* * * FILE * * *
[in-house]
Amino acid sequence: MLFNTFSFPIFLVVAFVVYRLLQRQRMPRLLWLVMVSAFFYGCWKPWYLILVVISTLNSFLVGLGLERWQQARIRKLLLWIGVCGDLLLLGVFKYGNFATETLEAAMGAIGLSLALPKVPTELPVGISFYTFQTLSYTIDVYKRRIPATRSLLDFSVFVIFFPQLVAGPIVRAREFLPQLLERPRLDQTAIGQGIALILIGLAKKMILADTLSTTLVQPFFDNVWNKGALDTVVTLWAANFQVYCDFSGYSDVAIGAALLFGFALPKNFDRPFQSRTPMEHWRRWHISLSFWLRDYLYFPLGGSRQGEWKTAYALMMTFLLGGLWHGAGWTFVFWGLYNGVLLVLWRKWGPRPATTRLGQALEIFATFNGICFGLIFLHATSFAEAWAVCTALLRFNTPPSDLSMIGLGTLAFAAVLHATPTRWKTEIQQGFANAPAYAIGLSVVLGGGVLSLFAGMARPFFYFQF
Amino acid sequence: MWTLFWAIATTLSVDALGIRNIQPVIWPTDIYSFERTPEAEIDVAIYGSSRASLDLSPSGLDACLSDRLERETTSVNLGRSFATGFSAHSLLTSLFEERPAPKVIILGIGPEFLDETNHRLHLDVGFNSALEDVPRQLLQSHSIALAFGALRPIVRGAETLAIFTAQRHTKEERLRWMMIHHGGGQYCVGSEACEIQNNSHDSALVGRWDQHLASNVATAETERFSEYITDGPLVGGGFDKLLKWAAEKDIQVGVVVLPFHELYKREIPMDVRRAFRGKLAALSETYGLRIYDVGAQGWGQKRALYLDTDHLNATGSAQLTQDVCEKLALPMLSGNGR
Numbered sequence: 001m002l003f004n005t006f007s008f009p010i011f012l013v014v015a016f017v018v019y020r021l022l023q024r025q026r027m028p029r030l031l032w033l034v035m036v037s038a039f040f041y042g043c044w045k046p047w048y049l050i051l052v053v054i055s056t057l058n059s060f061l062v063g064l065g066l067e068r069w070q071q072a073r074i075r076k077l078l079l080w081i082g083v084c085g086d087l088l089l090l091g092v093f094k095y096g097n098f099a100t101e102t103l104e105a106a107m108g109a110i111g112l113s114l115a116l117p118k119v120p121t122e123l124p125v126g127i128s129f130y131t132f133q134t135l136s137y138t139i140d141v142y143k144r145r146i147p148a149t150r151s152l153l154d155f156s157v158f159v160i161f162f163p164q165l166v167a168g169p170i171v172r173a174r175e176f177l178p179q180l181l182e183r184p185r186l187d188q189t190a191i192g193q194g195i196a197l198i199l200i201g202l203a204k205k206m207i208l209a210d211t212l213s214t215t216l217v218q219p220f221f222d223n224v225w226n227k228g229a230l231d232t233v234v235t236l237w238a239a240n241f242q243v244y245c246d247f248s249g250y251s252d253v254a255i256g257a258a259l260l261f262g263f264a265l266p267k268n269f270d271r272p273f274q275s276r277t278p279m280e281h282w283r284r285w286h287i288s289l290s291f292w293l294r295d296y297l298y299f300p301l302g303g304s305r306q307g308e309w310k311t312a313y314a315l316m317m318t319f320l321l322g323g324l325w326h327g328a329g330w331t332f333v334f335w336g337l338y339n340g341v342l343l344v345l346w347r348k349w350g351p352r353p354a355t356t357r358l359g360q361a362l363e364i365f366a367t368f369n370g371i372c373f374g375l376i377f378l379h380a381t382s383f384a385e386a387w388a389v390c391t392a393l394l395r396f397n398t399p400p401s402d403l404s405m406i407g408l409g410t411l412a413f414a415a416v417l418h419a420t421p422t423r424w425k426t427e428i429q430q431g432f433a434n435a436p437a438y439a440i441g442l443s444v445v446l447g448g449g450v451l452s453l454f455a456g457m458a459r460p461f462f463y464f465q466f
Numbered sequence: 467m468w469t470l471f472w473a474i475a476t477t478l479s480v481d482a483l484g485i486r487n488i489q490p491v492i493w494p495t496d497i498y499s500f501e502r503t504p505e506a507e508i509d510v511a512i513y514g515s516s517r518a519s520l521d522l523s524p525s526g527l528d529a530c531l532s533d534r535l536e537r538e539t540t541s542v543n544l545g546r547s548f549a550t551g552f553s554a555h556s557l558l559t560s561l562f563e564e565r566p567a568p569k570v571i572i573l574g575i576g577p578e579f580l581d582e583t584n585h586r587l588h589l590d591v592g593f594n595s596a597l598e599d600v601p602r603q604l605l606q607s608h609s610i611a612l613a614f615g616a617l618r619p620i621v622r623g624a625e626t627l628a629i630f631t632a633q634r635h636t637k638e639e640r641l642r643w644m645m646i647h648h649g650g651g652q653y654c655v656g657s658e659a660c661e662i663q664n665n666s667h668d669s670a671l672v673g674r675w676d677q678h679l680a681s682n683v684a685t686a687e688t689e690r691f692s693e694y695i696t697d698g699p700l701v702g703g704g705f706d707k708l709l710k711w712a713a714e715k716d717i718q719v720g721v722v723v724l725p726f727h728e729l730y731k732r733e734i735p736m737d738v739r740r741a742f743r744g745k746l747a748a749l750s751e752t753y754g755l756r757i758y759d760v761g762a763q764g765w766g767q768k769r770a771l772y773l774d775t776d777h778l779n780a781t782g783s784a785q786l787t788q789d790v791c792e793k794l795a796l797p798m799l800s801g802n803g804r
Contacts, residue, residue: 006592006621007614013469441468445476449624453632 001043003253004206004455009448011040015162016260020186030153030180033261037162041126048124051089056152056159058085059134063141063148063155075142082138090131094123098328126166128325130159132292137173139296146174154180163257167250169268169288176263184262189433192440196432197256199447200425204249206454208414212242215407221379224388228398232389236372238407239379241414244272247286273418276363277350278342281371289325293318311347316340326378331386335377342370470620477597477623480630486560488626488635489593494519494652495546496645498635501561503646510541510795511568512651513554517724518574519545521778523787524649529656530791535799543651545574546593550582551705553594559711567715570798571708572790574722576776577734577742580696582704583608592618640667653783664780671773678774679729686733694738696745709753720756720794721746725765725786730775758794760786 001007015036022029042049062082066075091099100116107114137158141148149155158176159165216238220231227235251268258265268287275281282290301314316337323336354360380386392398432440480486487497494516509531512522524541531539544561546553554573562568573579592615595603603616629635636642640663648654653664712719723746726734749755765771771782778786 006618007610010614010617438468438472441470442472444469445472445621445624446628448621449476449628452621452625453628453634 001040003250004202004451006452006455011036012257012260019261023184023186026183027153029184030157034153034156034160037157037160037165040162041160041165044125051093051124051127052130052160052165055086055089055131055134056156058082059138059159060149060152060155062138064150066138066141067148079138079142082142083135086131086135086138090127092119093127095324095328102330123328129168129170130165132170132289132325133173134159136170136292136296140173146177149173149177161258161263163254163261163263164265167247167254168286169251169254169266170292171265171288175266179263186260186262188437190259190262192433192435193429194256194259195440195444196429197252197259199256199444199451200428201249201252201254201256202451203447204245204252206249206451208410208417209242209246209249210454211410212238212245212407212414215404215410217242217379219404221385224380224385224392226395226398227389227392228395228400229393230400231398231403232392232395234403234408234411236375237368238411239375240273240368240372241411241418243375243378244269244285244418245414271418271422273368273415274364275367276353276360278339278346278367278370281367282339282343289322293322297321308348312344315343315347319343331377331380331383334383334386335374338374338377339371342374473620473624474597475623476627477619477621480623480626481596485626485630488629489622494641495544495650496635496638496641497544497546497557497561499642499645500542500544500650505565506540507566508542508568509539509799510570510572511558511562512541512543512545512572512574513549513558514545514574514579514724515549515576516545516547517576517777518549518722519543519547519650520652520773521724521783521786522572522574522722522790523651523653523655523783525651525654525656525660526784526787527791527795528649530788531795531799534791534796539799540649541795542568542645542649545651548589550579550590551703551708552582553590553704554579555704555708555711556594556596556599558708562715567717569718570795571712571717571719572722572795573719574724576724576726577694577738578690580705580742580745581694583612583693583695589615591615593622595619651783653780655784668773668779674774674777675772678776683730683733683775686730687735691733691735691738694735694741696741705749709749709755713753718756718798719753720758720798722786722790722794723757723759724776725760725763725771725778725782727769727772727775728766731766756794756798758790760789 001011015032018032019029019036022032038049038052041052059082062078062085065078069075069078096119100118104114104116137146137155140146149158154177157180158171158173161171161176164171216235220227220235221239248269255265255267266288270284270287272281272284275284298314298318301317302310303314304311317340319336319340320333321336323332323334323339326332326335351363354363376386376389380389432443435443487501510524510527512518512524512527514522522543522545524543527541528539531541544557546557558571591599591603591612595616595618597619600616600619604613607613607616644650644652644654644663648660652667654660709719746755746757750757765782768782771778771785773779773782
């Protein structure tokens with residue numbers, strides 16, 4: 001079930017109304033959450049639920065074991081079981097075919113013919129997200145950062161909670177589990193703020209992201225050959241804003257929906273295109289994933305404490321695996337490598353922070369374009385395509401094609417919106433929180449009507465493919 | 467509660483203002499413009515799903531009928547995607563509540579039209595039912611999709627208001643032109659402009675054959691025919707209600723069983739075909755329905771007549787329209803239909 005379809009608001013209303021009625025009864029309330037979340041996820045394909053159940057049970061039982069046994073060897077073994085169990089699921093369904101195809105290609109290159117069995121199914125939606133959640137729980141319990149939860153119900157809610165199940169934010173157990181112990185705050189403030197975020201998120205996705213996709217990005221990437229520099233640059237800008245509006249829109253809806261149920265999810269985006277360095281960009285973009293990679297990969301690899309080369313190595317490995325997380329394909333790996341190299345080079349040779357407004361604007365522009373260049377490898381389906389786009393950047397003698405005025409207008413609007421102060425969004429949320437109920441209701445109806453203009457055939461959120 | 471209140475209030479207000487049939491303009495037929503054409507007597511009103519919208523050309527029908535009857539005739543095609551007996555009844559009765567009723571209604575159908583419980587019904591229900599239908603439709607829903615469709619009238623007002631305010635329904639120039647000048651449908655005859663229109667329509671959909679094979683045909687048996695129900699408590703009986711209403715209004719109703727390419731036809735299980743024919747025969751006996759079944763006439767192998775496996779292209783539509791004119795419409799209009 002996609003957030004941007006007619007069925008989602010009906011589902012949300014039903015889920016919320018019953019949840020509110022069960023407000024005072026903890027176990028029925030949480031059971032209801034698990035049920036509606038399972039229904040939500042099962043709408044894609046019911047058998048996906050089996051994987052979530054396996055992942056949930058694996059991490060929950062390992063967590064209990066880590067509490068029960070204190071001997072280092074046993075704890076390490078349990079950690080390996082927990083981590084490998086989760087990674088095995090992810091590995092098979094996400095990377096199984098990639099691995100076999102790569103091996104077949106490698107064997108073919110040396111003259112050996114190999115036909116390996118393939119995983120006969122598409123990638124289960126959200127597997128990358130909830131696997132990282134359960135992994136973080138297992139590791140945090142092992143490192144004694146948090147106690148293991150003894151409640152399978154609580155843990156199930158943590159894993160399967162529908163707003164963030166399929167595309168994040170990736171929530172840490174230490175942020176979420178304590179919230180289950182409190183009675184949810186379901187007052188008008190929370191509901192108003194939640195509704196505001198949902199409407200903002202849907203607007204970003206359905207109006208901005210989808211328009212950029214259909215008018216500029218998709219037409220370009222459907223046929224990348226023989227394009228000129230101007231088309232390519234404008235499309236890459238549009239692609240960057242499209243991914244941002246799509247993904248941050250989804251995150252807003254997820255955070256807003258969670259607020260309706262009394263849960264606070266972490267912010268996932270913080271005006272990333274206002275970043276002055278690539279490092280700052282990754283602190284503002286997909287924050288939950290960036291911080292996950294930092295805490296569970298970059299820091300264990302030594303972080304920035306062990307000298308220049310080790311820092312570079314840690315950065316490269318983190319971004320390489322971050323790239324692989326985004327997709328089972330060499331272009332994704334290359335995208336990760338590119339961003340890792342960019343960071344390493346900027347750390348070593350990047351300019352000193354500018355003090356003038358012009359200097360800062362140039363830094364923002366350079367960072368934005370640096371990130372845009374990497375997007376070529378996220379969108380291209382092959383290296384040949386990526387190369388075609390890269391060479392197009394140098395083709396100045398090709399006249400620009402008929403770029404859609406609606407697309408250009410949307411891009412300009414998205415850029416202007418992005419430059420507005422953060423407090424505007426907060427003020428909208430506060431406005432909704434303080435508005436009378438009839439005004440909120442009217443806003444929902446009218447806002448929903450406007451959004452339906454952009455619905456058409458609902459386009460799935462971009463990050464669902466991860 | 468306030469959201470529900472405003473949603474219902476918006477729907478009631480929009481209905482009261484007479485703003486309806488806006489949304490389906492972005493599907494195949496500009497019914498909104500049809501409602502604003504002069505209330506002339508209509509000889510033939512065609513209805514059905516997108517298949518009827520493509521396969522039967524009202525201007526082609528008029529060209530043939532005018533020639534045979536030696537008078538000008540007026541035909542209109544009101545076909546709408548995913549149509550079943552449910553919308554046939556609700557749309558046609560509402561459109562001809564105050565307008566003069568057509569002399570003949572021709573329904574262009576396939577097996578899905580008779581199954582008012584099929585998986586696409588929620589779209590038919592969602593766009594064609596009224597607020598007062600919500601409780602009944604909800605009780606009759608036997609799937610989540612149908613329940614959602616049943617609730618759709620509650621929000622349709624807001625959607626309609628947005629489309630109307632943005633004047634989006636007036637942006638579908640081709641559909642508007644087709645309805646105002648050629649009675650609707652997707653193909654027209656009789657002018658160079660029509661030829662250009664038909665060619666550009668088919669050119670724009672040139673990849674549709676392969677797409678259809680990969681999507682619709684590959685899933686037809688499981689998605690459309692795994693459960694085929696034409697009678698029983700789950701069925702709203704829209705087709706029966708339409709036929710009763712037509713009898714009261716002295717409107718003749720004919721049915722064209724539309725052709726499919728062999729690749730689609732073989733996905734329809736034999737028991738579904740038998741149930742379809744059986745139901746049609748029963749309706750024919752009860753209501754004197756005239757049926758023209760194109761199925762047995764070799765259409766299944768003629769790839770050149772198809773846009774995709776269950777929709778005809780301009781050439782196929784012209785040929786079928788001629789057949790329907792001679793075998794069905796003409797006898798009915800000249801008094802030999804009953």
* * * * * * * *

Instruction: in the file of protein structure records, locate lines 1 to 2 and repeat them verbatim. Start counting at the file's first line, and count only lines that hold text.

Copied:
[in-house]
Amino acid sequence: MLFNTFSFPIFLVVAFVVYRLLQRQRMPRLLWLVMVSAFFYGCWKPWYLILVVISTLNSFLVGLGLERWQQARIRKLLLWIGVCGDLLLLGVFKYGNFATETLEAAMGAIGLSLALPKVPTELPVGISFYTFQTLSYTIDVYKRRIPATRSLLDFSVFVIFFPQLVAGPIVRAREFLPQLLERPRLDQTAIGQGIALILIGLAKKMILADTLSTTLVQPFFDNVWNKGALDTVVTLWAANFQVYCDFSGYSDVAIGAALLFGFALPKNFDRPFQSRTPMEHWRRWHISLSFWLRDYLYFPLGGSRQGEWKTAYALMMTFLLGGLWHGAGWTFVFWGLYNGVLLVLWRKWGPRPATTRLGQALEIFATFNGICFGLIFLHATSFAEAWAVCTALLRFNTPPSDLSMIGLGTLAFAAVLHATPTRWKTEIQQGFANAPAYAIGLSVVLGGGVLSLFAGMARPFFYFQF